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International Travel


Country Information


Slovak Republic
Reconsider travel to Slovakia due to COVID-19.

Reconsider travel to Slovakia due to COVID-19.

Read the Department of State’s COVID-19 page before you plan any international travel.

The Centers for Disease Control and Prevention (CDC) has issued a Level 3Travel Health Notice for Slovakia due to COVID-19.

Slovakia has resumed most transportation options, (including airport operations and re-opening of borders) and business operations (including day cares and schools). Other improved conditions have been reported within Slovakia. Visit the Embassy's COVID-19 page for more information on COVID-19 in Slovakia.

Read the country information page.

If you decide to travel to Slovakia:

Last Update: Reissued with updates to COVID-19 information.


Embassy Messages


Quick Facts


Six months beyond the intended date of departure


One page required for entry stamp


Not required for stays less than 90 days within a six-month period




10,000 euros


10,000 euros

Embassies and Consulates

U.S. Embassy Bratislava

Hviezdoslavovo námestie 4,
811 02 Bratislava
+(421) (2) 5443-0861 or +(421) (2) 5443-3338
Emergency After-Hours Telephone: +(421) 903-703-666
Fax: +(421) (2) 5441-8861

Destination Description

See the Department of State’s Fact Sheet on Slovakia for information on U.S. - Slovakia relations.

Entry, Exit and Visa Requirements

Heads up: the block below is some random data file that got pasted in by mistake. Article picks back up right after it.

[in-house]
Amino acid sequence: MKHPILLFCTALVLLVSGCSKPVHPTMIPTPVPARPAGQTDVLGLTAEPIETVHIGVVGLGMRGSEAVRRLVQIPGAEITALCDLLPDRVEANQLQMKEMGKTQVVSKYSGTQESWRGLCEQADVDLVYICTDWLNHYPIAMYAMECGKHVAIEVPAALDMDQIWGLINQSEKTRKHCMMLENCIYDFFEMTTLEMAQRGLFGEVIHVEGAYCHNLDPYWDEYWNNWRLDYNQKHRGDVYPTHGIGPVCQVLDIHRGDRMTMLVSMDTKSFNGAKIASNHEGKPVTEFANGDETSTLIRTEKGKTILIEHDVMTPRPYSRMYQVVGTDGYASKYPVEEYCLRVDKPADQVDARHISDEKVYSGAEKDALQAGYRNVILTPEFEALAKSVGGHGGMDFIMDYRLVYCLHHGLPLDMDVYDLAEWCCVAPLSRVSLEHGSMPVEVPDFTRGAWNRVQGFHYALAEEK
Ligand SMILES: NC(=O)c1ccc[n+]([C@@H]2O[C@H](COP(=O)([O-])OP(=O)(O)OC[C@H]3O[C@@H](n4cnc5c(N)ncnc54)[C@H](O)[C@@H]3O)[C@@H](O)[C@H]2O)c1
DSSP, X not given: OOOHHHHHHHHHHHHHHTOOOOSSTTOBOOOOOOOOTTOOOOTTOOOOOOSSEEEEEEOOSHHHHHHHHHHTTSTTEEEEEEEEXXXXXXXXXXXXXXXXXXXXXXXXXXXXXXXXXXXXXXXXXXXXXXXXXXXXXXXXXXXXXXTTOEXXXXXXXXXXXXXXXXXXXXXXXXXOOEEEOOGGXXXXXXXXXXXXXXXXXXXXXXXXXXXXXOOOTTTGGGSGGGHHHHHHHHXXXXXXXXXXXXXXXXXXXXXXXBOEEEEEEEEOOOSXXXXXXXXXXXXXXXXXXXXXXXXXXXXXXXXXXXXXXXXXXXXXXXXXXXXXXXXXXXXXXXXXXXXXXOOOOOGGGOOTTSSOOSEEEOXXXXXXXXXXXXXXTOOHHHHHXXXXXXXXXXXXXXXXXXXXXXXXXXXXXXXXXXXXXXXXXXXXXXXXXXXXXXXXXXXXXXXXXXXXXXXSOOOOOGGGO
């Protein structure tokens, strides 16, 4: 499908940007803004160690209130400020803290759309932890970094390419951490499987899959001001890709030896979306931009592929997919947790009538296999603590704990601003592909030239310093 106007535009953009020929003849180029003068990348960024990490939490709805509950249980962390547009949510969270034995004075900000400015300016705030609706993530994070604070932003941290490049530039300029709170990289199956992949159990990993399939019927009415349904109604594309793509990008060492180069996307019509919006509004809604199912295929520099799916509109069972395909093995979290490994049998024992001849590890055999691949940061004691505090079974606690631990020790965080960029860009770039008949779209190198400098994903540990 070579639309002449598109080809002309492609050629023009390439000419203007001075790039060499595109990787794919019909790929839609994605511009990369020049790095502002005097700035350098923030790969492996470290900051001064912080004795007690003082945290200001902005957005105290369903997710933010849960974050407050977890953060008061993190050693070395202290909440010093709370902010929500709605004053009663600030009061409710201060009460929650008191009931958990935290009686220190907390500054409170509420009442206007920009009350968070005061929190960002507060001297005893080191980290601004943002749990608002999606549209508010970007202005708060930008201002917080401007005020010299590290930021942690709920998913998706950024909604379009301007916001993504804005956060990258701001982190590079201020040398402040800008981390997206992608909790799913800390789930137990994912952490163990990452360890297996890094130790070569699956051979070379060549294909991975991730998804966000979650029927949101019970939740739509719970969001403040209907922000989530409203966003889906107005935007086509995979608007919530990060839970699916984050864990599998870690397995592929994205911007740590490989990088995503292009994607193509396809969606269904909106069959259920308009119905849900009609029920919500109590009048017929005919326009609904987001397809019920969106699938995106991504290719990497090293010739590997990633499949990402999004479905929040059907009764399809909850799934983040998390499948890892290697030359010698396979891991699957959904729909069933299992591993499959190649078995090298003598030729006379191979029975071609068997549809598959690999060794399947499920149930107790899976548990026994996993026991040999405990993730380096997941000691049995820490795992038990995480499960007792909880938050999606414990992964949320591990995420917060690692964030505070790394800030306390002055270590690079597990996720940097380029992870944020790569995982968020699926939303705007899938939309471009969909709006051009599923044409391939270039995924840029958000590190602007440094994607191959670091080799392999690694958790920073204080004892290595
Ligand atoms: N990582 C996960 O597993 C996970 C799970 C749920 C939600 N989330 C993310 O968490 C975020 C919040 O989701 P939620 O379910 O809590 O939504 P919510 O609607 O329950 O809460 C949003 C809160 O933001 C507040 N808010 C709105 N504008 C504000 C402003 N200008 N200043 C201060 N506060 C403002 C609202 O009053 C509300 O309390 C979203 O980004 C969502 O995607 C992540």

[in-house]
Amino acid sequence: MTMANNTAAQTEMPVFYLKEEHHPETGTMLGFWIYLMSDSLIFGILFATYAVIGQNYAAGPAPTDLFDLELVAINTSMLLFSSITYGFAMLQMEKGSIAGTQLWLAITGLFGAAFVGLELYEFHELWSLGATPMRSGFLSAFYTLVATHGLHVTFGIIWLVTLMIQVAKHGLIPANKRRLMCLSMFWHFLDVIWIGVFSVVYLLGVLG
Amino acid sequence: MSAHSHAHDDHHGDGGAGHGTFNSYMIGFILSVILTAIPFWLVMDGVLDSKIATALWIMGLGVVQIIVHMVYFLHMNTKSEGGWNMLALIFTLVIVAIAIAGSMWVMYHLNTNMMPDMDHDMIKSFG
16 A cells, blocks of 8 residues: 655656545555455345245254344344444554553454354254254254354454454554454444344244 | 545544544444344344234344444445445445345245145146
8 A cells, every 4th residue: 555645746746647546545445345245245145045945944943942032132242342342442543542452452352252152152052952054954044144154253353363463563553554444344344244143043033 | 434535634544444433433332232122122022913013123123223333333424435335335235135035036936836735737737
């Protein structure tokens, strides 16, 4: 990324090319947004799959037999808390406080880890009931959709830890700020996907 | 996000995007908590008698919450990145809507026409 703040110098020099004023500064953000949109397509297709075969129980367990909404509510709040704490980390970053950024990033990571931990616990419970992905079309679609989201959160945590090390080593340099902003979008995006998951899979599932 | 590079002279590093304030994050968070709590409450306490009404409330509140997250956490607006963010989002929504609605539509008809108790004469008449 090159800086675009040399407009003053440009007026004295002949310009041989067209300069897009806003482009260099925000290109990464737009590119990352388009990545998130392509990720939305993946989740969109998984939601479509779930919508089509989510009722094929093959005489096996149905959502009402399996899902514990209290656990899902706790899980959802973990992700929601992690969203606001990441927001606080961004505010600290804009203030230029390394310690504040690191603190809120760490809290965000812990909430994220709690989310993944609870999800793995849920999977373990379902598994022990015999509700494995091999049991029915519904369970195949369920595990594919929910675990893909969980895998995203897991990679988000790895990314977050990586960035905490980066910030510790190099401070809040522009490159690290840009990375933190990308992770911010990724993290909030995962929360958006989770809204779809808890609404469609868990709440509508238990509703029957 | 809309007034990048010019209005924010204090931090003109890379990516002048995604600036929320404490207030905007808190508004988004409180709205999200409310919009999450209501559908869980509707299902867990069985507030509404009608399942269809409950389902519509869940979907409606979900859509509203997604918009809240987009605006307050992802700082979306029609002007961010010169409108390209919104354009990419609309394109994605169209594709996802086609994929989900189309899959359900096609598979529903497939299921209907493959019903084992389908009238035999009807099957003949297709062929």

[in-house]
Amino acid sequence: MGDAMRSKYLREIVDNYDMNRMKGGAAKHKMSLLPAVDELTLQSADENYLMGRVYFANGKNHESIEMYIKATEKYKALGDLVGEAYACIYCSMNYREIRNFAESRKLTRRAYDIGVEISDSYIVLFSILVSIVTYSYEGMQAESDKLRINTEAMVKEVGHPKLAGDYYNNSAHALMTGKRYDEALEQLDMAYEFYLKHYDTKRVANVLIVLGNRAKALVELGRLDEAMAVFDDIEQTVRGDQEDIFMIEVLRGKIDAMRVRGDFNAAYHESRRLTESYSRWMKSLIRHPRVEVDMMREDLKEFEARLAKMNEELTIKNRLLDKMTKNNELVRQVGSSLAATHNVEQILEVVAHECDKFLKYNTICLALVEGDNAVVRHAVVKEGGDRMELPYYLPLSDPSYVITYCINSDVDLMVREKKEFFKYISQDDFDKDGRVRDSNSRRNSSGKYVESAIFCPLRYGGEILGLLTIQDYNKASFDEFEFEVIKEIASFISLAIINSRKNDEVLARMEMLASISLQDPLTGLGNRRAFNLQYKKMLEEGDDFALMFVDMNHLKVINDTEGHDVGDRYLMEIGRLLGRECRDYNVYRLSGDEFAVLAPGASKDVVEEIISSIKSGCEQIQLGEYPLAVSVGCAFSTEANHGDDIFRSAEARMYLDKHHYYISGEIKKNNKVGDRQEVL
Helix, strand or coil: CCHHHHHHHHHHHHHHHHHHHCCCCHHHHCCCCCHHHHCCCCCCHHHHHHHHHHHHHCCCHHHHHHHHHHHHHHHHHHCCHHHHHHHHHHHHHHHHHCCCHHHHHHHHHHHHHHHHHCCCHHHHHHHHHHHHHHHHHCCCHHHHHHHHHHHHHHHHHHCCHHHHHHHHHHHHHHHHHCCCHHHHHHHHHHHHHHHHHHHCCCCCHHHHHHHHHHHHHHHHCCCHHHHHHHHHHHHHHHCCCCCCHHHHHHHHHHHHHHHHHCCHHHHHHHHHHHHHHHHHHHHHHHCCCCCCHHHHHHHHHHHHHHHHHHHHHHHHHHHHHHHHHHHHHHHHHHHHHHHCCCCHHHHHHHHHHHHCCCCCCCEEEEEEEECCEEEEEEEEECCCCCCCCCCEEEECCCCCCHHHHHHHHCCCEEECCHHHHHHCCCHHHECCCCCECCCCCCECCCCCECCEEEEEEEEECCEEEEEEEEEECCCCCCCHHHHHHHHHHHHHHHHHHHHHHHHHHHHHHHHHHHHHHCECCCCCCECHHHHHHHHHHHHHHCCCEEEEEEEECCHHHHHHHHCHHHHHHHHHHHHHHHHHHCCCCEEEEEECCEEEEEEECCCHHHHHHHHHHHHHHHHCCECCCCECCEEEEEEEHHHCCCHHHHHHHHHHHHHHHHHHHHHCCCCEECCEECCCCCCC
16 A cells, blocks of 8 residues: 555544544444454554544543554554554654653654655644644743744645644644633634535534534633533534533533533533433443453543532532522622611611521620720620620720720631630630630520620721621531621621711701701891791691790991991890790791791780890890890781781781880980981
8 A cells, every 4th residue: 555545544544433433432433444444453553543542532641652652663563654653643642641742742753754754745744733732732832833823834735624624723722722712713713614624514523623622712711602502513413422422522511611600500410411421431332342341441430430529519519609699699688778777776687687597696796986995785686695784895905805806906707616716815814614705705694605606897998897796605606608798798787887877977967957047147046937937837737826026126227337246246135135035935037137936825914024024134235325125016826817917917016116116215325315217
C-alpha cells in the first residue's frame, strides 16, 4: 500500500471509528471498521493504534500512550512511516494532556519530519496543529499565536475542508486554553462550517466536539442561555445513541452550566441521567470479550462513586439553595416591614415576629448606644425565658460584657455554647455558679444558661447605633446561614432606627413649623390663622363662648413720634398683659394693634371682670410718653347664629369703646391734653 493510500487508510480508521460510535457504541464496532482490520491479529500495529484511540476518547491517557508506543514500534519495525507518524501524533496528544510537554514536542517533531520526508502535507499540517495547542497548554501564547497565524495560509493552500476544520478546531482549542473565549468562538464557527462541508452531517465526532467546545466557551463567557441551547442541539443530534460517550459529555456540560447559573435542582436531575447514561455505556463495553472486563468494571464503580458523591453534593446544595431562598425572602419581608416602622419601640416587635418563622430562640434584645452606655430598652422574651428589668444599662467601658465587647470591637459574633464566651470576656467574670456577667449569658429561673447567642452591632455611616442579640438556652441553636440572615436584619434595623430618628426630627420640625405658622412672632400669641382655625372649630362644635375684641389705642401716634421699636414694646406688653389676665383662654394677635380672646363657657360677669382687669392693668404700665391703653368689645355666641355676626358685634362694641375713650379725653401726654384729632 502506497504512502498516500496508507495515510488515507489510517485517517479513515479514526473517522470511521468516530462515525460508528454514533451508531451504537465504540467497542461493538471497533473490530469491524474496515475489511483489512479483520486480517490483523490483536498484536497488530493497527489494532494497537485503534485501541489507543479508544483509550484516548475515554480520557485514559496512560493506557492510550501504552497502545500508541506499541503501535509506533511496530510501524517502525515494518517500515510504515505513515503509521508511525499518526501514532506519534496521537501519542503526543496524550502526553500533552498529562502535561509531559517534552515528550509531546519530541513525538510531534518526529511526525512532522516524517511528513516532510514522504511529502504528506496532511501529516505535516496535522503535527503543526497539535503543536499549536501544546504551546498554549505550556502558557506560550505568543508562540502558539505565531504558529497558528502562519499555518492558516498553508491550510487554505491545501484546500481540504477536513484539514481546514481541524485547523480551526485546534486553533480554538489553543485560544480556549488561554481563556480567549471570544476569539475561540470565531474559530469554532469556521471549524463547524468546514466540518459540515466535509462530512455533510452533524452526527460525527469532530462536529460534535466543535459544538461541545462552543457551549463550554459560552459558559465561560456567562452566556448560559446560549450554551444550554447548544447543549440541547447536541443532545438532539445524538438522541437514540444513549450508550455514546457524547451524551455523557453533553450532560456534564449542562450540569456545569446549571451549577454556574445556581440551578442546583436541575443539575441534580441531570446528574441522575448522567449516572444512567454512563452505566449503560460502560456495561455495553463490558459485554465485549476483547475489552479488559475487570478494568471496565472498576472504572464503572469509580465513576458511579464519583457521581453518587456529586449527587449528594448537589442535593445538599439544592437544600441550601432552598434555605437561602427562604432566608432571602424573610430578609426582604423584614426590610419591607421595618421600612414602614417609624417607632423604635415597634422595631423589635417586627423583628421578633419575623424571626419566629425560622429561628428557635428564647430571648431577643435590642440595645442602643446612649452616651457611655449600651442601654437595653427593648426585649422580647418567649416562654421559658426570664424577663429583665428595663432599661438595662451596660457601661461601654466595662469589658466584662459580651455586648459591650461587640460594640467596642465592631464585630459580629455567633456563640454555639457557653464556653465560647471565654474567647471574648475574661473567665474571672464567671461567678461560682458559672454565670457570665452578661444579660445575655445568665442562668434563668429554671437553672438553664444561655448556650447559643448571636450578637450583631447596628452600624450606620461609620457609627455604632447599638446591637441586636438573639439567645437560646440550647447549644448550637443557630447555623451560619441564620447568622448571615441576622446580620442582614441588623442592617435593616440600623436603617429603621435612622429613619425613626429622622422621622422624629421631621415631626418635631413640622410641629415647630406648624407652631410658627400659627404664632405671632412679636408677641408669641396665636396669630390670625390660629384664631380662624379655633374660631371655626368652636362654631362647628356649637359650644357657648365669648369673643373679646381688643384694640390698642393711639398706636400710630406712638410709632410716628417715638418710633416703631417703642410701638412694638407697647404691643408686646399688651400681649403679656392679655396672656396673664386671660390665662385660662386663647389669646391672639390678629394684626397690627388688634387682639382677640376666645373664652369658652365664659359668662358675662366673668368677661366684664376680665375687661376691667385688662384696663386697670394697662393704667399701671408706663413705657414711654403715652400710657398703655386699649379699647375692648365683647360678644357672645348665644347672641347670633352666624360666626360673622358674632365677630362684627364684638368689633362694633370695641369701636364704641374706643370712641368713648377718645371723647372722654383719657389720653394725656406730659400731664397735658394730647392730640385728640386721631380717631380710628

Visit the Embassy of Slovakia website for the most current visa information and CDC Travel Destination page for immunization information.

Slovakia is a party to the Schengen Agreement. This means that U.S. citizens may enter Slovakia for up to 90 days for tourist or business purposes without a visa. Your passport should be valid for at least six months beyond the period of stay. You need sufficient funds and a return airline ticket. For additional details about travel into and within Schengen countries, please see our U.S. Travelers in Europe. Carry proof of sufficient funds (such as a credit card) and a medical insurance policy that covers all costs for hospitalization and medical treatment in Slovakia.

  • Upon arrival in Slovakia, you must register with the local Border and Alien Police within three working days if you are staying in a private home. Hotels and official accommodation providers will register you automatically.
  • If you want to reside in Slovakia or stay longer than 90 days, you must apply for a temporary residency and/or work permit and you should complete the application process through the Slovak Embassy in Washington, D.C. prior to arriving in the country. If you decide to stay longer at the time of our arrival in Slovakia, you should begin the process upon arrival as the process normally takes longer than the 90 days allowed visa free. Read the requirements on the U.S. Embassy website and prepare your application before traveling. Many required documents, such as an FBI clearance, are easier to obtain in the United States. To follow up on the status of a request, please contact the FBI directly at